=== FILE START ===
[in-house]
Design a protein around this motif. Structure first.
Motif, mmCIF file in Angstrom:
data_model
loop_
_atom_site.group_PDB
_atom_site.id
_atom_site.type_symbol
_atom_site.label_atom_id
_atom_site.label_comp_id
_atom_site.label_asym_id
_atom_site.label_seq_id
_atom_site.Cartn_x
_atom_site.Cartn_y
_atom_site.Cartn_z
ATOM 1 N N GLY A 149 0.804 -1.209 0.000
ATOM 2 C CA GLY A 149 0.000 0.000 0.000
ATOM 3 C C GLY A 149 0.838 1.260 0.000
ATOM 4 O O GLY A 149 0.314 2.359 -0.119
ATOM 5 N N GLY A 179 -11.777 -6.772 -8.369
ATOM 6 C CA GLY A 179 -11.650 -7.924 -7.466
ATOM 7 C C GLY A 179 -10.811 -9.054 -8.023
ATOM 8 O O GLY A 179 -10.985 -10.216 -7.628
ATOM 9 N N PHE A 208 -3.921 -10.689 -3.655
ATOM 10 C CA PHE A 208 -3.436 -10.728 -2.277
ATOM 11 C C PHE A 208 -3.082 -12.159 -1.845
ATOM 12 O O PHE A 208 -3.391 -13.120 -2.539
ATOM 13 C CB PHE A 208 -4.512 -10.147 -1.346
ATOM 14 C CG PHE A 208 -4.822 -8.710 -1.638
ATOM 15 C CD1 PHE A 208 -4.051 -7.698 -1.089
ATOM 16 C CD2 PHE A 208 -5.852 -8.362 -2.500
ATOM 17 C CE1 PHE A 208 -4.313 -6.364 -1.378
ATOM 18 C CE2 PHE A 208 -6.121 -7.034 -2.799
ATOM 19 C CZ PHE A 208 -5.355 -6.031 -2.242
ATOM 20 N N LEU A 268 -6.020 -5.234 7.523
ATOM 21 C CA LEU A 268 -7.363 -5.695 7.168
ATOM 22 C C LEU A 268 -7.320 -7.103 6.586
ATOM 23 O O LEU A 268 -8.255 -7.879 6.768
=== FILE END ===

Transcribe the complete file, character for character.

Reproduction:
[in-house]
Design a protein around this motif. Structure first.
Motif, mmCIF file in Angstrom:
data_model
loop_
_atom_site.group_PDB
_atom_site.id
_atom_site.type_symbol
_atom_site.label_atom_id
_atom_site.label_comp_id
_atom_site.label_asym_id
_atom_site.label_seq_id
_atom_site.Cartn_x
_atom_site.Cartn_y
_atom_site.Cartn_z
ATOM 1 N N GLY A 149 0.804 -1.209 0.000
ATOM 2 C CA GLY A 149 0.000 0.000 0.000
ATOM 3 C C GLY A 149 0.838 1.260 0.000
ATOM 4 O O GLY A 149 0.314 2.359 -0.119
ATOM 5 N N GLY A 179 -11.777 -6.772 -8.369
ATOM 6 C CA GLY A 179 -11.650 -7.924 -7.466
ATOM 7 C C GLY A 179 -10.811 -9.054 -8.023
ATOM 8 O O GLY A 179 -10.985 -10.216 -7.628
ATOM 9 N N PHE A 208 -3.921 -10.689 -3.655
ATOM 10 C CA PHE A 208 -3.436 -10.728 -2.277
ATOM 11 C C PHE A 208 -3.082 -12.159 -1.845
ATOM 12 O O PHE A 208 -3.391 -13.120 -2.539
ATOM 13 C CB PHE A 208 -4.512 -10.147 -1.346
ATOM 14 C CG PHE A 208 -4.822 -8.710 -1.638
ATOM 15 C CD1 PHE A 208 -4.051 -7.698 -1.089
ATOM 16 C CD2 PHE A 208 -5.852 -8.362 -2.500
ATOM 17 C CE1 PHE A 208 -4.313 -6.364 -1.378
ATOM 18 C CE2 PHE A 208 -6.121 -7.034 -2.799
ATOM 19 C CZ PHE A 208 -5.355 -6.031 -2.242
ATOM 20 N N LEU A 268 -6.020 -5.234 7.523
ATOM 21 C CA LEU A 268 -7.363 -5.695 7.168
ATOM 22 C C LEU A 268 -7.320 -7.103 6.586
ATOM 23 O O LEU A 268 -8.255 -7.879 6.768